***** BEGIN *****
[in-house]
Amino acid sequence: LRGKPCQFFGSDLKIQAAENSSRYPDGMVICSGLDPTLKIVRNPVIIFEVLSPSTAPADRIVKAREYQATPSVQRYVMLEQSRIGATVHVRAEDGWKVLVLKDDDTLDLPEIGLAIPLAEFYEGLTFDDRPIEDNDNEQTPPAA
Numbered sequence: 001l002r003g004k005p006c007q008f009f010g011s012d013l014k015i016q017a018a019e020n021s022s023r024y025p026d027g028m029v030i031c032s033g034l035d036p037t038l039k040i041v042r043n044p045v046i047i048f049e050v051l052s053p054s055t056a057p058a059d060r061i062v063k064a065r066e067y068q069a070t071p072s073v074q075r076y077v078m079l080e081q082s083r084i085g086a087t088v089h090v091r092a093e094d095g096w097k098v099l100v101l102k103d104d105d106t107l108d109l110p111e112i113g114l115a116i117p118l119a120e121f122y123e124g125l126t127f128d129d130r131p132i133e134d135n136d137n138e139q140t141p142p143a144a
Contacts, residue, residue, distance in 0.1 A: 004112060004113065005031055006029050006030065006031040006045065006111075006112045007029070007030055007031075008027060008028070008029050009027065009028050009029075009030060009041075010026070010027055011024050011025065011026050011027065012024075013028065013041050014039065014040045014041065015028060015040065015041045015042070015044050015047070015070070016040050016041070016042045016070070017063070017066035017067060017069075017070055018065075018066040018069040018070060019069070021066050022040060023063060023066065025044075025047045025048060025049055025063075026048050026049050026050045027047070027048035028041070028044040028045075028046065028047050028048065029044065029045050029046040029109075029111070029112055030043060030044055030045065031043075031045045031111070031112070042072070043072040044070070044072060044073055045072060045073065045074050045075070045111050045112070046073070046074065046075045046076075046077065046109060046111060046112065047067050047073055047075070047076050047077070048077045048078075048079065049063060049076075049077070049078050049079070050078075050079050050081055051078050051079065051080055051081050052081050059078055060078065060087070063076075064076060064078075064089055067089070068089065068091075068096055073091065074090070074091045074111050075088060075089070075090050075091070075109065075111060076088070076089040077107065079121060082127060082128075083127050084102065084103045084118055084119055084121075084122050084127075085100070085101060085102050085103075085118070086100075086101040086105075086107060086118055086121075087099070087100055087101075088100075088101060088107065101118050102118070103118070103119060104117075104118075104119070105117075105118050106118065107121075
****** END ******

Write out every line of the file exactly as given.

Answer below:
[in-house]
Amino acid sequence: LRGKPCQFFGSDLKIQAAENSSRYPDGMVICSGLDPTLKIVRNPVIIFEVLSPSTAPADRIVKAREYQATPSVQRYVMLEQSRIGATVHVRAEDGWKVLVLKDDDTLDLPEIGLAIPLAEFYEGLTFDDRPIEDNDNEQTPPAA
Numbered sequence: 001l002r003g004k005p006c007q008f009f010g011s012d013l014k015i016q017a018a019e020n021s022s023r024y025p026d027g028m029v030i031c032s033g034l035d036p037t038l039k040i041v042r043n044p045v046i047i048f049e050v051l052s053p054s055t056a057p058a059d060r061i062v063k064a065r066e067y068q069a070t071p072s073v074q075r076y077v078m079l080e081q082s083r084i085g086a087t088v089h090v091r092a093e094d095g096w097k098v099l100v101l102k103d104d105d106t107l108d109l110p111e112i113g114l115a116i117p118l119a120e121f122y123e124g125l126t127f128d129d130r131p132i133e134d135n136d137n138e139q140t141p142p143a144a
Contacts, residue, residue, distance in 0.1 A: 004112060004113065005031055006029050006030065006031040006045065006111075006112045007029070007030055007031075008027060008028070008029050009027065009028050009029075009030060009041075010026070010027055011024050011025065011026050011027065012024075013028065013041050014039065014040045014041065015028060015040065015041045015042070015044050015047070015070070016040050016041070016042045016070070017063070017066035017067060017069075017070055018065075018066040018069040018070060019069070021066050022040060023063060023066065025044075025047045025048060025049055025063075026048050026049050026050045027047070027048035028041070028044040028045075028046065028047050028048065029044065029045050029046040029109075029111070029112055030043060030044055030045065031043075031045045031111070031112070042072070043072040044070070044072060044073055045072060045073065045074050045075070045111050045112070046073070046074065046075045046076075046077065046109060046111060046112065047067050047073055047075070047076050047077070048077045048078075048079065049063060049076075049077070049078050049079070050078075050079050050081055051078050051079065051080055051081050052081050059078055060078065060087070063076075064076060064078075064089055067089070068089065068091075068096055073091065074090070074091045074111050075088060075089070075090050075091070075109065075111060076088070076089040077107065079121060082127060082128075083127050084102065084103045084118055084119055084121075084122050084127075085100070085101060085102050085103075085118070086100075086101040086105075086107060086118055086121075087099070087100055087101075088100075088101060088107065101118050102118070103118070103119060104117075104118075104119070105117075105118050106118065107121075